Fame Is Nice, But All Eminem Really Wants Is ‘A F—ing Sandwich’

In the latest parts of his BBC interview, Em talks fame, bringing Kendrick Lamar to Detroit

Eminem already tried to out-Kanye Kanye by promising to pee on the floor of Zane Lowe’s BBC studio. Now, in the second and third parts of his epic interview with the DJ, he’s getting serious … about the creative fire that fueled him during the recording of The Marshall Mathers LP 2 , and welcoming one of hip-hop’s breakout stars into his inner circle.

At one point, Lowe asked Em about the inspiration behind his single “The Monster,” on which he details his ongoing struggles with celebrity, and his desire to live a normal life. In a way, the track sounds like something Eminem could have recorded a decade ago … which is fitting, considering he’s still trying to figure out fame.

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“It was this thing where I want this attention for this music, but then I want to be able to go in public, and I want to be able to eat a f—ing sandwich and be left alone,” Em said. “I’ve never been an attention seeker, and [rap] seems like a hell of a career choice [for me], but … that’s not why I do it, just to get attention. I don’t like to go in public and walk around and be like ’Here I am.’ It’s not what I want.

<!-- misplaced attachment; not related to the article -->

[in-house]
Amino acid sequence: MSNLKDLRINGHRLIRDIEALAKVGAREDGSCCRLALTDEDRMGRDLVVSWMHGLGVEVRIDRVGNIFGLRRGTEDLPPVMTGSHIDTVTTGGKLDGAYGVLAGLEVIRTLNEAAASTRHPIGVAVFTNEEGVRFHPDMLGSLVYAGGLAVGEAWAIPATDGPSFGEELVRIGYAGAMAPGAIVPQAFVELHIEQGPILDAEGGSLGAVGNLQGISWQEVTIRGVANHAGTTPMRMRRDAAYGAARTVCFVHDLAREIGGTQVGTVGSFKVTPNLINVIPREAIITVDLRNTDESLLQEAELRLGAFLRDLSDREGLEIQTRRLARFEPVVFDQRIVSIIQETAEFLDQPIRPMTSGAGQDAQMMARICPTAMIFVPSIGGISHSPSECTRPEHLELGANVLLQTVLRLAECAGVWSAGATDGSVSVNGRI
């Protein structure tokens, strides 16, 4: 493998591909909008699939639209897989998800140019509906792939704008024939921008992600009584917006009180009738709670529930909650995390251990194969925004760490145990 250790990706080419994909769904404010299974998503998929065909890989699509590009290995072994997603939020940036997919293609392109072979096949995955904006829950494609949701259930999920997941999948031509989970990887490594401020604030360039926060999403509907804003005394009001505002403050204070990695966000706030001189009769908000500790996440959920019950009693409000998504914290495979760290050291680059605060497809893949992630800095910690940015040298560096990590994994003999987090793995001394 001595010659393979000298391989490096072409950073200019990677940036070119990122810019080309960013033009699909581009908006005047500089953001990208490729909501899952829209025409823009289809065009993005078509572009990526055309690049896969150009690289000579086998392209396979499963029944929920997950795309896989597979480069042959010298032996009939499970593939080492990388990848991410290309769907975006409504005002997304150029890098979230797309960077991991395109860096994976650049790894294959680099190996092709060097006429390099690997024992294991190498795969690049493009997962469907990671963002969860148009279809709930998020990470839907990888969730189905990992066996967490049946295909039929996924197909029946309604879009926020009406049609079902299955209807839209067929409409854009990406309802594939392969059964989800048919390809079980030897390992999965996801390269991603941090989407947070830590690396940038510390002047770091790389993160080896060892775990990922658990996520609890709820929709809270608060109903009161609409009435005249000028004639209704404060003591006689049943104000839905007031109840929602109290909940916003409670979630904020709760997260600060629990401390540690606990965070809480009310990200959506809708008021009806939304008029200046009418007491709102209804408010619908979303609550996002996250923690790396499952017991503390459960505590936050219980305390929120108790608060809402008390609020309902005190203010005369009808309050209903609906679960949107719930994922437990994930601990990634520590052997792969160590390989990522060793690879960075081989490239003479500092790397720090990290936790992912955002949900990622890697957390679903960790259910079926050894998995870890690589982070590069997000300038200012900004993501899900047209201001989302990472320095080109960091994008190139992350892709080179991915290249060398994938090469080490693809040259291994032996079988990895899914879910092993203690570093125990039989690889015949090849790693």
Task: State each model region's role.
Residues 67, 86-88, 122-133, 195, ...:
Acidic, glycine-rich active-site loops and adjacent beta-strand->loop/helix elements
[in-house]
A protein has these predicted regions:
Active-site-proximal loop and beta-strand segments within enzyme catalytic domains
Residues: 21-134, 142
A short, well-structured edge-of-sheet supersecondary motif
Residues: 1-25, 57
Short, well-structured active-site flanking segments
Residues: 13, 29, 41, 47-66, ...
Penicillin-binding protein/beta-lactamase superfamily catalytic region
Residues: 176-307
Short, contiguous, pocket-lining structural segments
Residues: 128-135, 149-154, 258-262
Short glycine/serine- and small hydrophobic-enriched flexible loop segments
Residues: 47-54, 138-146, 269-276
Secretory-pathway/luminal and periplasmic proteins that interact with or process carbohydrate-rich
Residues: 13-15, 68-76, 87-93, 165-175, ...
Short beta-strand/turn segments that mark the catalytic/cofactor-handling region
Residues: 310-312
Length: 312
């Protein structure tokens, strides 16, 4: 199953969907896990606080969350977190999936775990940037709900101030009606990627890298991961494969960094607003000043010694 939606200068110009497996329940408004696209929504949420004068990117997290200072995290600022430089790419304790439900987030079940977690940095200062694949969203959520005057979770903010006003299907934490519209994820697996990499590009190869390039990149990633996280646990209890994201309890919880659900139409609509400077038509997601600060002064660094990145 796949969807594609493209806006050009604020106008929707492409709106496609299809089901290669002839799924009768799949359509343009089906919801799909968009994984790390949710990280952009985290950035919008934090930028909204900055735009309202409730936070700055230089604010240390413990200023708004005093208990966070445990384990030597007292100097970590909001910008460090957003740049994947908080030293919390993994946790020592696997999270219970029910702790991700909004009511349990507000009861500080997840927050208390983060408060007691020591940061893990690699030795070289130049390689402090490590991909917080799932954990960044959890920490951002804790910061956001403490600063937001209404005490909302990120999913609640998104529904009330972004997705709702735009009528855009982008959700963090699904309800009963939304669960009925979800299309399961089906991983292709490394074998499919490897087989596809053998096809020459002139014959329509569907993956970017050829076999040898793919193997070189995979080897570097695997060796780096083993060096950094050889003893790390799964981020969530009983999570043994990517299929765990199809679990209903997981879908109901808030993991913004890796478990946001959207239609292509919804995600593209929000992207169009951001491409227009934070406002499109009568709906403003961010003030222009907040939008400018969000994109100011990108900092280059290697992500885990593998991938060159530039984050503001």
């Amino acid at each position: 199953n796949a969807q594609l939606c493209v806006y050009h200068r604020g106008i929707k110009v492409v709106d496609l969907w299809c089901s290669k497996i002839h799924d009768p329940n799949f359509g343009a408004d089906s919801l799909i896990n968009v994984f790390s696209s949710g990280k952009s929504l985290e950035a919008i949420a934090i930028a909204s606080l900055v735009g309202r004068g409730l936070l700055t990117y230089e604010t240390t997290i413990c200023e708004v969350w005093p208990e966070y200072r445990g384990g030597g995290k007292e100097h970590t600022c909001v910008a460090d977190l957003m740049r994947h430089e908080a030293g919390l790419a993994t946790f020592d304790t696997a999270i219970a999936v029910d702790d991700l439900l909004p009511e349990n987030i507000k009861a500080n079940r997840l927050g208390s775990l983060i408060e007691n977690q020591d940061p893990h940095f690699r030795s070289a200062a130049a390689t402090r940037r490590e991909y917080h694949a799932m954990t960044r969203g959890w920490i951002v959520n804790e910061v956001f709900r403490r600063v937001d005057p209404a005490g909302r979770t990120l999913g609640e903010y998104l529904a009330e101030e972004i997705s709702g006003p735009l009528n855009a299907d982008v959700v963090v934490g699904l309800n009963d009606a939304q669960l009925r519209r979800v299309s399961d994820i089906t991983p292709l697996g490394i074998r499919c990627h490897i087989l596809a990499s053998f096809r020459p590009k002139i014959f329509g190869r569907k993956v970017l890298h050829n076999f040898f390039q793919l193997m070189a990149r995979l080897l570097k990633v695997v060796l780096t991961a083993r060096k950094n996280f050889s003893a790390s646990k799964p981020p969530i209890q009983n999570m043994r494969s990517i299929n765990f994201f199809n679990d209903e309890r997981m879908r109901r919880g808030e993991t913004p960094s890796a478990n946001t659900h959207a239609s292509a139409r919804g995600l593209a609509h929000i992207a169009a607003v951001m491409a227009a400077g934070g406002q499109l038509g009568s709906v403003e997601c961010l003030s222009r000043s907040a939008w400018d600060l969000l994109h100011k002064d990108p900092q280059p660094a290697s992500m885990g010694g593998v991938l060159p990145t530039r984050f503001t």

“My dream was for, like, to be able, like to hear rappers that I looked up to on the radio and be like ’Yo, what if Jay Z, whoever, what if they heard of me? What if they thought I was dope?'” he continued. “That was where my mentality always was, so when it all went crazy, it was really hard to wrap my head around.”

Later, in part three of their interview, Lowe and Eminem discuss MMLP2’s most unexpected moment: Kendrick Lamar’s guest spot on the song “Love Game.” It was a collaboration that came together at the last minute — Eminem and his manager Paul Rosenberg were going through the stack of songs that had been recorded for the album, and Em realized “F—, I got no rappers on this sh–” — and, unlike most high-profile cameos these days, this one was actually recorded face-to-face.

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“Kendrick came to the studio in Detroit, I laid a verse and played it for him. I had other things to play him, but what I explained to him was ’I had an idea for a hook, but I’m doing a lot of hooks on my record, it might be interesting to have you do a hook,’ because he’s great at melody, too,” he explained. “I think he laid, like, two different hooks, and I’m not sure if, to this day, he understood that I always wanted him to rap on it, because he laid two hooks and kind of looked like ’Is that it?’

“The only other rapper on the album won’t rap,” Em continued. “So I was like ’Yo, you want to lay a verse?’ and he looked surprised. It was getting late, I ended up going home, he laid something … it took me a couple of days to get back to the studio to listen to what he did, it took me a minute for me to get back to him. I told him he killed it. … The feel of that record is so different from what people would expect us to do.”